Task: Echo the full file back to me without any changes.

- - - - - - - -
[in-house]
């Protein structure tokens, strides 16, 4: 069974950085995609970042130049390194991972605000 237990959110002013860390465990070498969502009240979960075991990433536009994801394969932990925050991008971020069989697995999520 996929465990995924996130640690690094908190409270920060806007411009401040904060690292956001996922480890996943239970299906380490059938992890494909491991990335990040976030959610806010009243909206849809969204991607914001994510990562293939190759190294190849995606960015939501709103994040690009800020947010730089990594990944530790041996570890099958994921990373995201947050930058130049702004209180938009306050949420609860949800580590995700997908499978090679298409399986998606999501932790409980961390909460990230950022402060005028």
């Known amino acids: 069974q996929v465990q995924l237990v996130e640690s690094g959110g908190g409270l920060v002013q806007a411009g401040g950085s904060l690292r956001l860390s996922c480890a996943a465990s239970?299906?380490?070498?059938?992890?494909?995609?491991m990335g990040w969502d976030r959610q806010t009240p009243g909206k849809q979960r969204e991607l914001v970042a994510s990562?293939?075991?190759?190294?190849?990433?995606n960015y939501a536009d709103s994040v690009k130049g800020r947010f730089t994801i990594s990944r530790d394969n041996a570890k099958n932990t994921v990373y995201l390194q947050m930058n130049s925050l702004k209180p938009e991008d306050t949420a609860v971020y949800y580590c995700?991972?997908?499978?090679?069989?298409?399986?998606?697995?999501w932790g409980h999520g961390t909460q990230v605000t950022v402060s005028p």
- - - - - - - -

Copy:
[in-house]
């Protein structure tokens, strides 16, 4: 069974950085995609970042130049390194991972605000 237990959110002013860390465990070498969502009240979960075991990433536009994801394969932990925050991008971020069989697995999520 996929465990995924996130640690690094908190409270920060806007411009401040904060690292956001996922480890996943239970299906380490059938992890494909491991990335990040976030959610806010009243909206849809969204991607914001994510990562293939190759190294190849995606960015939501709103994040690009800020947010730089990594990944530790041996570890099958994921990373995201947050930058130049702004209180938009306050949420609860949800580590995700997908499978090679298409399986998606999501932790409980961390909460990230950022402060005028």
């Known amino acids: 069974q996929v465990q995924l237990v996130e640690s690094g959110g908190g409270l920060v002013q806007a411009g401040g950085s904060l690292r956001l860390s996922c480890a996943a465990s239970?299906?380490?070498?059938?992890?494909?995609?491991m990335g990040w969502d976030r959610q806010t009240p009243g909206k849809q979960r969204e991607l914001v970042a994510s990562?293939?075991?190759?190294?190849?990433?995606n960015y939501a536009d709103s994040v690009k130049g800020r947010f730089t994801i990594s990944r530790d394969n041996a570890k099958n932990t994921v990373y995201l390194q947050m930058n130049s925050l702004k209180p938009e991008d306050t949420a609860v971020y949800y580590c995700?991972?997908?499978?090679?069989?298409?399986?998606?697995?999501w932790g409980h999520g961390t909460q990230v605000t950022v402060s005028p």